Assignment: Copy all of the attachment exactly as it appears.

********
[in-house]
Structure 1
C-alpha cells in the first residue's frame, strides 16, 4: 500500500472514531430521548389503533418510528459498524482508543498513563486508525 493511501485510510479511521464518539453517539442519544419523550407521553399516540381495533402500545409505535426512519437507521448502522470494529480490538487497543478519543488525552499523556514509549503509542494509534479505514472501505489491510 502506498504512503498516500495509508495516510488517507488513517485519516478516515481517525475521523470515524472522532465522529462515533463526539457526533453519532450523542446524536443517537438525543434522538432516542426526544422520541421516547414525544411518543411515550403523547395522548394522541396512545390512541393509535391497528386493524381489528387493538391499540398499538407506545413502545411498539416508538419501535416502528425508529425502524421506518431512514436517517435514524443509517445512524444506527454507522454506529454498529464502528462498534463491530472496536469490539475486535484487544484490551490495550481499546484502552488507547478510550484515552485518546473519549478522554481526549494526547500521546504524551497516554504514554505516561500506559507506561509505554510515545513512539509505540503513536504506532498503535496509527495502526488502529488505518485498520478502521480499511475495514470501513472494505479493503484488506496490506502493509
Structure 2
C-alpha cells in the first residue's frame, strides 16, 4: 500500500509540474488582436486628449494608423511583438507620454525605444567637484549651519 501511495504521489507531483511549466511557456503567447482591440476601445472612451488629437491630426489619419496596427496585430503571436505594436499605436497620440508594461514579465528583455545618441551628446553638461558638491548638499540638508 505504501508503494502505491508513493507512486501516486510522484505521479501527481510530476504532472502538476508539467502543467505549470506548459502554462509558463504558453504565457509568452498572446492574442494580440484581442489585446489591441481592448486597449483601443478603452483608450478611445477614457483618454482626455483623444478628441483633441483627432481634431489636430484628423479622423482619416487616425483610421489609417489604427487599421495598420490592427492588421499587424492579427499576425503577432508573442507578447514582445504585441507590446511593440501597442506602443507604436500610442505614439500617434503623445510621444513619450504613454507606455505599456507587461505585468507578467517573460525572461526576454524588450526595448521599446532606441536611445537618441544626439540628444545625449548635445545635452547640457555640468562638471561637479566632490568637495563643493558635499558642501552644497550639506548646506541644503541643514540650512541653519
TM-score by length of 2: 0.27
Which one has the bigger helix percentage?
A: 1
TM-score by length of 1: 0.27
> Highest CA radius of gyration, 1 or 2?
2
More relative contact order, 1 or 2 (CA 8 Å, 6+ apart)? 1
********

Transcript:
[in-house]
Structure 1
C-alpha cells in the first residue's frame, strides 16, 4: 500500500472514531430521548389503533418510528459498524482508543498513563486508525 493511501485510510479511521464518539453517539442519544419523550407521553399516540381495533402500545409505535426512519437507521448502522470494529480490538487497543478519543488525552499523556514509549503509542494509534479505514472501505489491510 502506498504512503498516500495509508495516510488517507488513517485519516478516515481517525475521523470515524472522532465522529462515533463526539457526533453519532450523542446524536443517537438525543434522538432516542426526544422520541421516547414525544411518543411515550403523547395522548394522541396512545390512541393509535391497528386493524381489528387493538391499540398499538407506545413502545411498539416508538419501535416502528425508529425502524421506518431512514436517517435514524443509517445512524444506527454507522454506529454498529464502528462498534463491530472496536469490539475486535484487544484490551490495550481499546484502552488507547478510550484515552485518546473519549478522554481526549494526547500521546504524551497516554504514554505516561500506559507506561509505554510515545513512539509505540503513536504506532498503535496509527495502526488502529488505518485498520478502521480499511475495514470501513472494505479493503484488506496490506502493509
Structure 2
C-alpha cells in the first residue's frame, strides 16, 4: 500500500509540474488582436486628449494608423511583438507620454525605444567637484549651519 501511495504521489507531483511549466511557456503567447482591440476601445472612451488629437491630426489619419496596427496585430503571436505594436499605436497620440508594461514579465528583455545618441551628446553638461558638491548638499540638508 505504501508503494502505491508513493507512486501516486510522484505521479501527481510530476504532472502538476508539467502543467505549470506548459502554462509558463504558453504565457509568452498572446492574442494580440484581442489585446489591441481592448486597449483601443478603452483608450478611445477614457483618454482626455483623444478628441483633441483627432481634431489636430484628423479622423482619416487616425483610421489609417489604427487599421495598420490592427492588421499587424492579427499576425503577432508573442507578447514582445504585441507590446511593440501597442506602443507604436500610442505614439500617434503623445510621444513619450504613454507606455505599456507587461505585468507578467517573460525572461526576454524588450526595448521599446532606441536611445537618441544626439540628444545625449548635445545635452547640457555640468562638471561637479566632490568637495563643493558635499558642501552644497550639506548646506541644503541643514540650512541653519
TM-score by length of 2: 0.27
Which one has the bigger helix percentage?
A: 1
TM-score by length of 1: 0.27
> Highest CA radius of gyration, 1 or 2?
2
More relative contact order, 1 or 2 (CA 8 Å, 6+ apart)? 1